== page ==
Our World Needs This
One of the biggest blocks to a nourishing Sacred Window is often our own self as mothers.
We believe we don’t deserve it!
Leaving the ‘why’ of that aside (time for personal therapy anyone!?) it’s worth remembering that the most powerful change we can bring about always starts in our own homes.
I birthed half a dozen children with virtually no care. When I was young it was fine. I had a tremendous store of vitality that carried me through until my fourth was born…and then this resiliency, let’s say…slightly faltered.
I can only imagine the better health I’d be enjoying today had there been care and rest in place for me when I was young, or with only a few children.
Trudging through Postpartum
Fast forward a couple of decades and I had the delightful gift of expecting again. It’s a surreal experience to have adult children at the same time as growing a baby within; and a glorious one.
This time I knew my body was well past pushing-through-pain. Early on in the pregnancy the muscles in my abdomen made a snapping kind of click when I lifted anything heavier than a soup bowl. A nice diastasis recti brewing.
If I wasn’t going to step up, then my body was going to enforce it for me.
How can doing less be stepping up I hear you ask? Did you ever try multitasking and get nothing done? That’s just one way more can be less… and less can be more.
Time to Take Care
My plea to you Mama is: don’t wait until your body is groaning.
Offer it tenderness to keep it strong.
Listen to its limits thankfully and stop before full capacity.
Embrace all your edges as gifts rather than barriers.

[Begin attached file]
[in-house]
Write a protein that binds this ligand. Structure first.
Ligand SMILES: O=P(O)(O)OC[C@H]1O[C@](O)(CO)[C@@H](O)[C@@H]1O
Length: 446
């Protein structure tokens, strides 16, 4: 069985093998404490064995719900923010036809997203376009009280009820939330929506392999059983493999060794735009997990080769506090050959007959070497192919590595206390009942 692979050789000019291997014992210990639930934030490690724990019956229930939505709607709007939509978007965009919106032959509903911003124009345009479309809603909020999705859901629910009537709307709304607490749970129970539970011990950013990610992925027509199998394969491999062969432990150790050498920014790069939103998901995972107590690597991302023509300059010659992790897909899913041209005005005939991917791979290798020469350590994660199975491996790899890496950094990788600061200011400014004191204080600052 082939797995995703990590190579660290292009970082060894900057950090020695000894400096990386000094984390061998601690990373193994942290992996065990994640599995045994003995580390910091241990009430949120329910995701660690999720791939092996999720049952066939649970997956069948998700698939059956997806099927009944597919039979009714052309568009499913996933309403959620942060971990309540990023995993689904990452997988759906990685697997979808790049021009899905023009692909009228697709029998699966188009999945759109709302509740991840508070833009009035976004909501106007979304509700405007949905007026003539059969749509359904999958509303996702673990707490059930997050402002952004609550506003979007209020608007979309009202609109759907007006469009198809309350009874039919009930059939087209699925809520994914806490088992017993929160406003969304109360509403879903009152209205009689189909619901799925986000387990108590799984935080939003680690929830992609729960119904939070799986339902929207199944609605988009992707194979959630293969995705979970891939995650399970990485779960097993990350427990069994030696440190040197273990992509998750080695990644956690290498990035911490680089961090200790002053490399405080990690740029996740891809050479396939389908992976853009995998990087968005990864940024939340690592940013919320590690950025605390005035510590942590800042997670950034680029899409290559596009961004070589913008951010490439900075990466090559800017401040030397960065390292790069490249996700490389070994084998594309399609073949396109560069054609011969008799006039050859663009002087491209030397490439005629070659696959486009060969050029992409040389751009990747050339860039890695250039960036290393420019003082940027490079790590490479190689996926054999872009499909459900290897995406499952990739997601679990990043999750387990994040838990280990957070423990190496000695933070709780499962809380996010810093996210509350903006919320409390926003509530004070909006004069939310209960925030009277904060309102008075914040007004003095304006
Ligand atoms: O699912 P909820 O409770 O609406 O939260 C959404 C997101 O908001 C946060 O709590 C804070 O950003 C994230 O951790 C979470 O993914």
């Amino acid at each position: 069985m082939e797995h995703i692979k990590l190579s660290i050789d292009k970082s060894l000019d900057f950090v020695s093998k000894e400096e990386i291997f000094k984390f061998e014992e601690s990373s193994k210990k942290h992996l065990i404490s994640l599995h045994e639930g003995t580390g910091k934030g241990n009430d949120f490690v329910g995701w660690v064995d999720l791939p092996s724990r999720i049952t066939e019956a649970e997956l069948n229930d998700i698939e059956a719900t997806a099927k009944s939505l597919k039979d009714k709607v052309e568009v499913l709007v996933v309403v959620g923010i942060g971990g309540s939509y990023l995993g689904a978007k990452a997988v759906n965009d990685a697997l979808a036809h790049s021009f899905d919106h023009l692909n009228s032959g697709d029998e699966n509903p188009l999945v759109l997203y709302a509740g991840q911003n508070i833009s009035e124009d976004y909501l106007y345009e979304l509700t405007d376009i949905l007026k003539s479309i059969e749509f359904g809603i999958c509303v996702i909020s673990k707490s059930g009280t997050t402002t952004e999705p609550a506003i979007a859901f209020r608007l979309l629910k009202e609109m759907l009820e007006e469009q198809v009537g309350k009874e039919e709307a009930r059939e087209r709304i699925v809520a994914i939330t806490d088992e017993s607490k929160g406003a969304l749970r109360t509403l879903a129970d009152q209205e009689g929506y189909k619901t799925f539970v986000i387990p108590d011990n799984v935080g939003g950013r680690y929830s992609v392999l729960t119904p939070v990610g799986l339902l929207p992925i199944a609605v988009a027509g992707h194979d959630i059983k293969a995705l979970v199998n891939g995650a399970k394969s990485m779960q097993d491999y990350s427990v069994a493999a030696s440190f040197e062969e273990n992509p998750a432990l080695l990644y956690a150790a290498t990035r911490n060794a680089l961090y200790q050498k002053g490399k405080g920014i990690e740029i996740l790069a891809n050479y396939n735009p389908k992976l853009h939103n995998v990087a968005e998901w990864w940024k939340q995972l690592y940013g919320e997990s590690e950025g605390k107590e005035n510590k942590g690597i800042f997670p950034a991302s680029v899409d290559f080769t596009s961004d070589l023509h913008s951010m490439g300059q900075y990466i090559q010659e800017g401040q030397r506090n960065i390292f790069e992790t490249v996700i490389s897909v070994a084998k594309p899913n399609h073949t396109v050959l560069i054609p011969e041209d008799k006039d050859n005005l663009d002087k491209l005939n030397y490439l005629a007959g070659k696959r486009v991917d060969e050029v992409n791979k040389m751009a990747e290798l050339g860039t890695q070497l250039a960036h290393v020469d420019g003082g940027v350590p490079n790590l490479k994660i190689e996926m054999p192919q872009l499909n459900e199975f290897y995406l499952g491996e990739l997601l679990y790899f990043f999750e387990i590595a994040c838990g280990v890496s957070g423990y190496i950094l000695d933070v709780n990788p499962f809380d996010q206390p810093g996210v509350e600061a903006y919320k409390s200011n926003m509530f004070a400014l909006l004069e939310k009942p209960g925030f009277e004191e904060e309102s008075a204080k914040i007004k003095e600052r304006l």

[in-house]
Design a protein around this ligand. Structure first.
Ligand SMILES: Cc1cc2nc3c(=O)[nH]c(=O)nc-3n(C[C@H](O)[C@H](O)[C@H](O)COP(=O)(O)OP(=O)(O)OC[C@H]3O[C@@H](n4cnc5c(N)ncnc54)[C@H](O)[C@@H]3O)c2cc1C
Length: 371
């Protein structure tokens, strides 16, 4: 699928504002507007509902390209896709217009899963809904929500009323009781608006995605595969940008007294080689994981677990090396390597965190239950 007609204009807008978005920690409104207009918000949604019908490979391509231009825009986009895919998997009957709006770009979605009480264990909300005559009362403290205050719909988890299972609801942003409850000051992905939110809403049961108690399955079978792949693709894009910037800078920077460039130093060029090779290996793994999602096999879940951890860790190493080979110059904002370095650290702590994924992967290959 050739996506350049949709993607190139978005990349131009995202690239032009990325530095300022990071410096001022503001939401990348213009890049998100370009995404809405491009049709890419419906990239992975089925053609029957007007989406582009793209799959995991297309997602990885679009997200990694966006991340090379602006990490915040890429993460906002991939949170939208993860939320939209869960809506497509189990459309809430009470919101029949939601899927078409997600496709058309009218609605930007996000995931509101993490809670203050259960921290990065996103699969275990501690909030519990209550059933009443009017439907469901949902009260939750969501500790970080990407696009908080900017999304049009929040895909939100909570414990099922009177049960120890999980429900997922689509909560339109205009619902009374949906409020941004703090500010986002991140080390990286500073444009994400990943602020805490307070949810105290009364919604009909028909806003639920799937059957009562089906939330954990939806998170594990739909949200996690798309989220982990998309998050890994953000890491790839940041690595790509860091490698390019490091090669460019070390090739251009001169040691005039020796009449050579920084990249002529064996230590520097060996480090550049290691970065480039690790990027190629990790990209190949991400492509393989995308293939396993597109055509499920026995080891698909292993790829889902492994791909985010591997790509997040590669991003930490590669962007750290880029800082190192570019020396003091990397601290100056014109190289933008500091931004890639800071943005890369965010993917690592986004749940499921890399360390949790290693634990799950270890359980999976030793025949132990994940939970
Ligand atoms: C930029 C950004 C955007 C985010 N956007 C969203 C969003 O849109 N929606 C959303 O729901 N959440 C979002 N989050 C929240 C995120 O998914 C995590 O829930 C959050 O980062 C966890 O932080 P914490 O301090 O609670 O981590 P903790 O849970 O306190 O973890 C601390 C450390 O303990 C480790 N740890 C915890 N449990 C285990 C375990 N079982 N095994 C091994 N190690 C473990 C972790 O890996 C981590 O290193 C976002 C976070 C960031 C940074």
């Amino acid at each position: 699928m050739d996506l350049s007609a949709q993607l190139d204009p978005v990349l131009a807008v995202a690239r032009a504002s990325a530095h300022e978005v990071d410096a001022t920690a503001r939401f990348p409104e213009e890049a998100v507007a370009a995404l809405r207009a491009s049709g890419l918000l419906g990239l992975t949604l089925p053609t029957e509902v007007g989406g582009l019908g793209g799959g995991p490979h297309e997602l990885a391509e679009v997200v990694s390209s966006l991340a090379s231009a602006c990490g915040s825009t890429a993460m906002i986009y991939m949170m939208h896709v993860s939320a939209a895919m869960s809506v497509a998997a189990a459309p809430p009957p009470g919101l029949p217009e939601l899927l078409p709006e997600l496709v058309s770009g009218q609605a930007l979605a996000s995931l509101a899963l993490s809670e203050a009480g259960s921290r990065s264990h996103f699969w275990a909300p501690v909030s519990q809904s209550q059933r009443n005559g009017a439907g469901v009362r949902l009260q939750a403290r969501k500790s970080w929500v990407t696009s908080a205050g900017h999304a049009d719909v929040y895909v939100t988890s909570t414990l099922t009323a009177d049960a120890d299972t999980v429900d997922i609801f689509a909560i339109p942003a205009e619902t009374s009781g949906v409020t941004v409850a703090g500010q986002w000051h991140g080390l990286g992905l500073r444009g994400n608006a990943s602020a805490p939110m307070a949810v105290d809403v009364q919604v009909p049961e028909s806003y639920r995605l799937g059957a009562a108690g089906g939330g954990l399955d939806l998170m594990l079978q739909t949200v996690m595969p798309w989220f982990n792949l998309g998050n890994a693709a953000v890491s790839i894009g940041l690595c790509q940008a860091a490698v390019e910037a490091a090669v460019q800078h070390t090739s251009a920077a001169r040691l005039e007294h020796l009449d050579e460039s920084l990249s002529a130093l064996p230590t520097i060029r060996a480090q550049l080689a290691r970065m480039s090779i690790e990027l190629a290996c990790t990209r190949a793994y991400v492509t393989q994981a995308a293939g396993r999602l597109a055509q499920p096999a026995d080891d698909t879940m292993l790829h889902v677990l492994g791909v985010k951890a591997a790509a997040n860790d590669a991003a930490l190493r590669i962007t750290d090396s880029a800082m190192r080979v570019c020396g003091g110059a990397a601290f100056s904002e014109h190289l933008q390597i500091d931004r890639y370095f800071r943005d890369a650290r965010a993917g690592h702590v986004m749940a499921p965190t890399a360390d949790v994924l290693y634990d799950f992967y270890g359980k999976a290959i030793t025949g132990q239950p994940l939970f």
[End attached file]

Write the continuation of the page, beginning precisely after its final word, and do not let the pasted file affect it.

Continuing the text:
With my eighth baby I was compelled to respect every cell of my soul. It was more uncomfortable than ever to be receiving help since my children were largely rallying and upholding me. One of the greatest no-no’s in parenting is to need your child!
And yet, here they were taking on jobs and responsibilities that would stand them in good stead for their own homemaking and parenting experiences ahead.
They’ve learnt compassion to elders and respect to the process of pregnancy and postpartum. They will have lower expectations of themselves and their womenfolk, and hopefully higher expectations of how generously serving makes them feel more connected to life and love itself.
But we don’t all have an older child around, and having this help wasn’t the only thing that was different for me this time round. So what else can be done to nurture ourselves?
- regular abhyanga/massage with oil
- choose nurturing foods that calm and soothe
- pacing yourself and saying ‘no’ to being busy whenever possible
- when anyone asks how they can help tell them ‘yes’, and ‘this (insert useful task or service) would be a wonderful place to start please’.
- minimize the stuff in your life to have less homemaking management
No matter what your age or the number of children you have THIS postpartum period can be sacred and healing for you, right now.
Don’t let it slip you by… your children and the world deserve the best of you, sure, but so too do you.
Writing compliments of
Mother, Doula, Homeopath
Oum Ibrahim birthed joyfully into motherhood in 1999 and has been serving women as a doula ever since. A mom of many, homeopath and soft tissue therapist, she is drawn to the rhythm and respect that Ayurveda offers for all seasons of life.
Oum has a particular fascination with the formation of community and relationships and you can read some of her ponderings here on the Sacred Window Blog.
Here at the Center for Sacred Window Studies, we share voices from many perspectives and backgrounds. We believe that the sacred weeks post birth, and the experience of humanity is experienced in countless ways. We learn by listening to one another and honoring our stories. The views and opinions of our writers do not necessarily reflect the mission, viewpoints or opinions of the Center for Sacred Window Studies.